I've been seeing a lot of movies lately because school is not in session right now, and I have just a wee bit more time on my hands. One of the movies I saw recently was Up in the Air, and I found the depiction of women in the movie fascinating.
Normally, Hollywood makes young people—especially hot young people in their twenties—look like confident, perfect creatures. They are gorgeous but they are also successful and lucky in love. And as anyone who's been through their twenties knows, this isn't an accurate depiction of most people at that age. No, most twenty-somethings are still suffering from a bit of an adolescent hangover. Sure, they are more self-assured than they were as teenagers, but they're still a little bit lost, a little bit uncertain of who they are. And, if they're like most people, that often means bad choices—in terms of clothes, jobs, significant others, sex, drinking. The works.
Because of this, I found it incredibly refreshing to see one of the main characters in Up in the Air, a twenty-something Cornell grad named Natalie, depicted in this way rather than being portrayed as yet another perfect twenty-five-year-old who has everything she could possibly want (and everything I want too).
And what was even more refreshing was that instead of the twenty-something having it all, her older co-star, 36-year-old Vera Farmiga (pictured above), was depicted as the woman who had it all . . . a great job, a beautiful face, shiny hair, a fabulous wardrobe, and a rockin' bod. In fact, Farmiga's character looked so gorgeous that every time she met someone new—male or female—they would tell her how attractive she was. Even twenty-something Natalie told her she was beautiful within five minutes of meeting her, and she said it in a way that conveyed both awe and admiration. And this compliment nicely set up the next one when Natalee also tells Farmiga's character that she wants to be just like her when she grows up.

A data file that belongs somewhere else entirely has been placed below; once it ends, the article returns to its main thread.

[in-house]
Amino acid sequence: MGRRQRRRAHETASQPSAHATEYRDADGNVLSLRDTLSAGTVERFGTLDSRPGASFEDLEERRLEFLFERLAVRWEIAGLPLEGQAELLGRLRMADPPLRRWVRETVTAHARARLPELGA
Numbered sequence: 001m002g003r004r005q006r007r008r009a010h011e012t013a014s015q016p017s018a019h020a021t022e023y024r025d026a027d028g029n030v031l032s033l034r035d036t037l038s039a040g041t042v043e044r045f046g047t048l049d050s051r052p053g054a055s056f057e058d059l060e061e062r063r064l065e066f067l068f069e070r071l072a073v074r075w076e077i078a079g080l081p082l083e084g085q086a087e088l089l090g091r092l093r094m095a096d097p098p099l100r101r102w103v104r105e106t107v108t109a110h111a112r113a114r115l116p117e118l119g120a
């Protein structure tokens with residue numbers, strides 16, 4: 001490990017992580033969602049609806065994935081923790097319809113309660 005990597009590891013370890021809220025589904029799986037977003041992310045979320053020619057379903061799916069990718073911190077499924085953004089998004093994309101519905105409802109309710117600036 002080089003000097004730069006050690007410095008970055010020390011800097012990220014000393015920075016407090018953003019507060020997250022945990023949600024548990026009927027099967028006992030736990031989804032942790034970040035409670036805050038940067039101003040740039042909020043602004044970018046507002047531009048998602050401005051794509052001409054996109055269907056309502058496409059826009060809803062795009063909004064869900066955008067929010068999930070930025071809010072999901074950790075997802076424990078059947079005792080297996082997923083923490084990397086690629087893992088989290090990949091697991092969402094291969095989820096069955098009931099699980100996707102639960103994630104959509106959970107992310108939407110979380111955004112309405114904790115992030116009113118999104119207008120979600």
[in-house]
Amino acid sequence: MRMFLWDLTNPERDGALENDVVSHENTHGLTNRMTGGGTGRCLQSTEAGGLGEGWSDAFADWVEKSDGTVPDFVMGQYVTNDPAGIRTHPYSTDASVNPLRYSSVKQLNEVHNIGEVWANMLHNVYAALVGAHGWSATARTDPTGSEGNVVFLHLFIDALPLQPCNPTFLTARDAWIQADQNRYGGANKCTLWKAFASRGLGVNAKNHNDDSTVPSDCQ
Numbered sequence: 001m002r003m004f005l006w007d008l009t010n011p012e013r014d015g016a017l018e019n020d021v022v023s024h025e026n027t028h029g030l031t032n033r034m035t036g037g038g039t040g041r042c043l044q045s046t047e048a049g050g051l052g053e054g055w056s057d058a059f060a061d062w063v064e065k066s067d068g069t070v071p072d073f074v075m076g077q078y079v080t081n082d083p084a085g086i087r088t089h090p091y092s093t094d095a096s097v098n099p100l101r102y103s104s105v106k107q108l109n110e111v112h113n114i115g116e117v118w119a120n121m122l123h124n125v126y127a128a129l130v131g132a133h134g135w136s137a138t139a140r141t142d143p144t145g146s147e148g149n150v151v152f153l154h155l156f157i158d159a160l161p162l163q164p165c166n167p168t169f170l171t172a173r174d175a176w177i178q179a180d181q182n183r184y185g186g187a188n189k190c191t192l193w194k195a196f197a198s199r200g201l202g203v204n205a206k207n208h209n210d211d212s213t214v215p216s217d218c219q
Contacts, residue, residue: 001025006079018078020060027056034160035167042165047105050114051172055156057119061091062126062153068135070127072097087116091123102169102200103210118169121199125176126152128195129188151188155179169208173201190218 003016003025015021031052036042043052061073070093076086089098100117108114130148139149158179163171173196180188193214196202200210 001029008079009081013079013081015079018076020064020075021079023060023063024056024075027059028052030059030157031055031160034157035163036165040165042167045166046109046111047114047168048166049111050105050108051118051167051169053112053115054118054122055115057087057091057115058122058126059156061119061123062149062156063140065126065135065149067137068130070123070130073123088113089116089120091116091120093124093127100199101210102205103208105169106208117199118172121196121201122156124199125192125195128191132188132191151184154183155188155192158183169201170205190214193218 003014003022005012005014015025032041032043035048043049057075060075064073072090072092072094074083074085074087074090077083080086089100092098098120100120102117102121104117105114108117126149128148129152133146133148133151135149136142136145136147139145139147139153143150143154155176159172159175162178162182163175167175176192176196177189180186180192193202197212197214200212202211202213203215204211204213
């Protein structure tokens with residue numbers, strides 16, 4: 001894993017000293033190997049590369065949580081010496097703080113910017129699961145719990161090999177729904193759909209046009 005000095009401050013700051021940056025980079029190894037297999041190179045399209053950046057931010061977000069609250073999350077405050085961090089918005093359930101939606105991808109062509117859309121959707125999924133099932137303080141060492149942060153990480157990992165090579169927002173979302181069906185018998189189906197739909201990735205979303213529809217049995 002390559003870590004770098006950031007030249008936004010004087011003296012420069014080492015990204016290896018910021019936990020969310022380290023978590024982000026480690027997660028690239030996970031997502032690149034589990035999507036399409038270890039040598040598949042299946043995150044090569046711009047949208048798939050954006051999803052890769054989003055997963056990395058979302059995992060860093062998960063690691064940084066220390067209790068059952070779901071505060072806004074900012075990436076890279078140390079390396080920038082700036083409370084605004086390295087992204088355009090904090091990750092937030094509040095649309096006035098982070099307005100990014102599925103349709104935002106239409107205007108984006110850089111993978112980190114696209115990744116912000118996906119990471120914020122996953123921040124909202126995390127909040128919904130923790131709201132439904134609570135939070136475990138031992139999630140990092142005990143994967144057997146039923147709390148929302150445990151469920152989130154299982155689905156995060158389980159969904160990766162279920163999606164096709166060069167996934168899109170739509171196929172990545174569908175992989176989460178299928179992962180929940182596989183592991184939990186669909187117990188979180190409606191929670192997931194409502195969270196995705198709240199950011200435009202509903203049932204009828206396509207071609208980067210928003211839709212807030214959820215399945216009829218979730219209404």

This was quite possibly my favorite moment in the film.
A skinny twenty-something young woman tells a thirty-something woman with hot-to-trot curves—a woman who I might add had clearly visible wrinkles—that she wanted to be just like her when she grew up? It's as if they lived in opposite land.
But they didn't. Instead, they lived in realistic land, where people—men and women alike—really do get better with age and don't have to be 110 pounds, twenty-years-old, and flawless to be stunningly beautiful.
No, Farmiga doesn't exactly fit the definition of curvy I use on this blog—though she's got wonderful curves we can all appreciate—but she does reinforce the main messages of this blog, and for that, I cannot thank her enough.